Philharmonia Baroque Orchestra and Chorale present a program of Mozart’s sacred choral works, written when he was in his late teens and 20s. It’s called Mozart Magnified, and they’ll give performances at Stanford, San Francisco and Berkeley from Wednesday to Sunday. Bruce Lamott, Director of the Philharmonia Chorale gives a preview.

There’s more information about the concerts at the Philharmonia Baroque Orchestra and Chorale website.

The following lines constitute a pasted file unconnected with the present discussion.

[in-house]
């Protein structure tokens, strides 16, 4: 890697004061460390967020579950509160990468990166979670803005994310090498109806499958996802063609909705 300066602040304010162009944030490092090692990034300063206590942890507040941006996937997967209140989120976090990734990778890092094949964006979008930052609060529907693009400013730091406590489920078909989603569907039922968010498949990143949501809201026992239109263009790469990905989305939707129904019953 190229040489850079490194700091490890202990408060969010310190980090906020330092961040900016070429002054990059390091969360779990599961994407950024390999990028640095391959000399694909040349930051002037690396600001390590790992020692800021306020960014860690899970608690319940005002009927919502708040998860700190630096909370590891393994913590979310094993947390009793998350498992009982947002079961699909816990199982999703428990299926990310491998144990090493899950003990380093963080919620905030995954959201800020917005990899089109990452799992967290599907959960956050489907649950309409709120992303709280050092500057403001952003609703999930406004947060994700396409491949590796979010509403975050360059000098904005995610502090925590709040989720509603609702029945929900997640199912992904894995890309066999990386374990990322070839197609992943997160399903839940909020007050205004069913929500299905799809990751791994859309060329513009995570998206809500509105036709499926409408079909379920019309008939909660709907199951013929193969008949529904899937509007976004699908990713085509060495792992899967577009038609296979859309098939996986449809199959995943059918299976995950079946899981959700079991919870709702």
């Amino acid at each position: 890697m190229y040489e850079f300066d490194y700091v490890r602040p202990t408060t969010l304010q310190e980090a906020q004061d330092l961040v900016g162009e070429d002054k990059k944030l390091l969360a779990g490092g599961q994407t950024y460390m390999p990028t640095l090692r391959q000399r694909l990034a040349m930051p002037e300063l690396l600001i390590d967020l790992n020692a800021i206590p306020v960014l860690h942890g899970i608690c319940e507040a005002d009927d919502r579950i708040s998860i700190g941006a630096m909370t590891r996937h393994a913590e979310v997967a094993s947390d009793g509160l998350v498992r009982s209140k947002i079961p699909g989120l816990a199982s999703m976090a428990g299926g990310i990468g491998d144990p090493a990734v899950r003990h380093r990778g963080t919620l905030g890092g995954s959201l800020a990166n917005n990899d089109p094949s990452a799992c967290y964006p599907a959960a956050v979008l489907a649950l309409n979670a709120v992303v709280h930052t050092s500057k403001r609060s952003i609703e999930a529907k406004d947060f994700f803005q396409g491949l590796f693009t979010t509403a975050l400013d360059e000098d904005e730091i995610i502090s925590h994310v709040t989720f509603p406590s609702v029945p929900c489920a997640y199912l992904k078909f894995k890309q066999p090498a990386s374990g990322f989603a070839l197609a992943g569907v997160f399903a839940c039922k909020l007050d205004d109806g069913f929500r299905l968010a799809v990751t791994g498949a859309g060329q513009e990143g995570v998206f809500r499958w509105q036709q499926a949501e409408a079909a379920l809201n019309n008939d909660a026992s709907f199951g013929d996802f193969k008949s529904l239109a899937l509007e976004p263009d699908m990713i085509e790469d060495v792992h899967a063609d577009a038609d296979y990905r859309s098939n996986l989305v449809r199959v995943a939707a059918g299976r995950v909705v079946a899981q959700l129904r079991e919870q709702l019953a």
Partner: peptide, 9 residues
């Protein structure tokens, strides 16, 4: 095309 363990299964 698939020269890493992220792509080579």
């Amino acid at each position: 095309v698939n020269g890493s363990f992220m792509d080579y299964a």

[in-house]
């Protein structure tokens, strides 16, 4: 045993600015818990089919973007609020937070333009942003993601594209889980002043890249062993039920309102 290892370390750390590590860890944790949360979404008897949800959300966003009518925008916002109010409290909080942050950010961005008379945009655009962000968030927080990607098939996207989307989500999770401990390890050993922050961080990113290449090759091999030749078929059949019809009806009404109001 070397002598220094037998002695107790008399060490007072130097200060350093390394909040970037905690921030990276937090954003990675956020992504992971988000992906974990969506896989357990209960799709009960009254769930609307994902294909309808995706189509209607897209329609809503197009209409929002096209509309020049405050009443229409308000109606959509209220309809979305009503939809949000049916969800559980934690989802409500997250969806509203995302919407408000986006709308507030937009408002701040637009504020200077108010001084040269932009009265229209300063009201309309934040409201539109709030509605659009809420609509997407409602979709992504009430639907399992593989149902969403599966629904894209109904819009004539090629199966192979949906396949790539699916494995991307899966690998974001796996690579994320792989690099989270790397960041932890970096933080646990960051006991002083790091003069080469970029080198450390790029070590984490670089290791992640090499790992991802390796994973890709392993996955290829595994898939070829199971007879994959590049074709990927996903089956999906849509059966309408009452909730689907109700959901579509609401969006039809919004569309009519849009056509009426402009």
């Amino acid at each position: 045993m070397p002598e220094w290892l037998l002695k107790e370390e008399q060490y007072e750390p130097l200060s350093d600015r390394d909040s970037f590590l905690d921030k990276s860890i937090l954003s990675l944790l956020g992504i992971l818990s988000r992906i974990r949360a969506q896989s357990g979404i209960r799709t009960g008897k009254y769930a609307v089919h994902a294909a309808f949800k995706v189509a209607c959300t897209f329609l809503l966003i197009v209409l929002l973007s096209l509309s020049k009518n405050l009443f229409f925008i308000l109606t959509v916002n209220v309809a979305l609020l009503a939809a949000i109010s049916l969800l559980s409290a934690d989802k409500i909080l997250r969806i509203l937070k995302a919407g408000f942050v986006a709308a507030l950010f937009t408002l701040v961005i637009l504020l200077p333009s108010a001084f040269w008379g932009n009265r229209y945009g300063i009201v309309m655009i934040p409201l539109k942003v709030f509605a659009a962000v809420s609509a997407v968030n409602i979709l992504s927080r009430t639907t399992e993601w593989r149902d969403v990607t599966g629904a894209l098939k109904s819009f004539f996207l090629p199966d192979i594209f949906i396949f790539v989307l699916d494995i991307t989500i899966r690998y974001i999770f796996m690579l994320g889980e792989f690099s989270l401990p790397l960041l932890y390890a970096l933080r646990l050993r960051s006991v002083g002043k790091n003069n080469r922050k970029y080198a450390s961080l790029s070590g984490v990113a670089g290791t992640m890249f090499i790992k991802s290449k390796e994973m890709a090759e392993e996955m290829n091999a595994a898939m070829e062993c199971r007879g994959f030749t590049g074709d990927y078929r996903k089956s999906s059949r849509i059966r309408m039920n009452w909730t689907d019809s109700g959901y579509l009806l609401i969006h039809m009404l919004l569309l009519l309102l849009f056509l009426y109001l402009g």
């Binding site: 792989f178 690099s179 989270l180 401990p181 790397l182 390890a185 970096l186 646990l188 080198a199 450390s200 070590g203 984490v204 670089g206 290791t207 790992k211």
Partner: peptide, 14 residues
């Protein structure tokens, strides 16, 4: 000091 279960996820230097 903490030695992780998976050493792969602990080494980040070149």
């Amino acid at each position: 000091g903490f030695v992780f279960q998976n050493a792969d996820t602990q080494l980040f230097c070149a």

“This whole program is Mozart in Salzburg, the city he loved to hate. His birthplace, a place he didn’t spend much of his childhood, because he was on the road,” Lamott explains. “Salzburg has gotten a very bad reputation because of what he writes later as a kind of a disgruntled employee. But the fact is that Salzburg was kind of the crossroads of culture, and there were multiple musical establishments, and it’s kind of on that axis between Munich and Venice, and Vienna going the other way.  So a lot of very important people came through, and there was a lot of money there.” On the program are two better known works, the Coronation Mass, and Exsultate Jubilate; but there’s also his Loretan Litanies. “The Litanies, actually they were very popular in Southern Austria, and Mozart actually wrote four litanies, two of them with this text. And they all relate to the Virgin of Loreto, which is the Basilica where it was believed that angels had translated the house of the Virgin Mary from Nazareth to get it away from the Muslims when they retook the Holy Land from the Crusaders… There are five short movements, and they’re kind of Mass in miniature. They do begin with a Kyrie, they end with an Agnus Dei, albeit with slightly different texts. But they are unabashedly operatic.” That’s especially the case for the  soprano and tenor solo parts, which are pyrotechnic.